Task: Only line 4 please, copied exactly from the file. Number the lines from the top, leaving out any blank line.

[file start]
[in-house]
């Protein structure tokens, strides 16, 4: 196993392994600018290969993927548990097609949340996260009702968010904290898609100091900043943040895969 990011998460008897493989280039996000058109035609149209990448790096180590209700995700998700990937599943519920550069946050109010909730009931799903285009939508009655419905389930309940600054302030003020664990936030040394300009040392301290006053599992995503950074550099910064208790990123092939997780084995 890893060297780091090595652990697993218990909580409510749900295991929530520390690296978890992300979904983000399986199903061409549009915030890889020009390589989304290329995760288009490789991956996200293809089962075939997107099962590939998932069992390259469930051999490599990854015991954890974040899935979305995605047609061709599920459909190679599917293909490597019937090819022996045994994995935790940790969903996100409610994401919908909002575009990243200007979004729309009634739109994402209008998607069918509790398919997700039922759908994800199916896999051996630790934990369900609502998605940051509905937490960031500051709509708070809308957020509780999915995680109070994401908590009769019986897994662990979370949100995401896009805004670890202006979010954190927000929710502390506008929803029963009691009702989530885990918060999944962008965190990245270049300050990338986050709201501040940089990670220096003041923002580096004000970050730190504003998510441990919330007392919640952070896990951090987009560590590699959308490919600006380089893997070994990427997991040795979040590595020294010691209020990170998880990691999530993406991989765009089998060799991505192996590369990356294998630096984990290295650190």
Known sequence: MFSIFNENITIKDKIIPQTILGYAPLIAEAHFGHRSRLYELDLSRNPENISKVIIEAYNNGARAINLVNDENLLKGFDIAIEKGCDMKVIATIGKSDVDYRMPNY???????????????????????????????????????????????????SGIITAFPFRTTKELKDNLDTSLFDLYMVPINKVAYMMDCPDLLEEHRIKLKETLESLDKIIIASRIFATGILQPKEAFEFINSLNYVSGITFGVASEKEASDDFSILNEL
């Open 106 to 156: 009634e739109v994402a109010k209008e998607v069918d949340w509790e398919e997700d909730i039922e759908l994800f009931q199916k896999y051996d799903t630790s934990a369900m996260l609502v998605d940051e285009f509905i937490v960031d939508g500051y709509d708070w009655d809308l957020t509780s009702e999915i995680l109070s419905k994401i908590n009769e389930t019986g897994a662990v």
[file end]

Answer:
């Open 106 to 156: 009634e739109v994402a109010k209008e998607v069918d949340w509790e398919e997700d909730i039922e759908l994800f009931q199916k896999y051996d799903t630790s934990a369900m996260l609502v998605d940051e285009f509905i937490v960031d939508g500051y709509d708070w009655d809308l957020t509780s009702e999915i995680l109070s419905k994401i908590n009769e389930t019986g897994a662990v």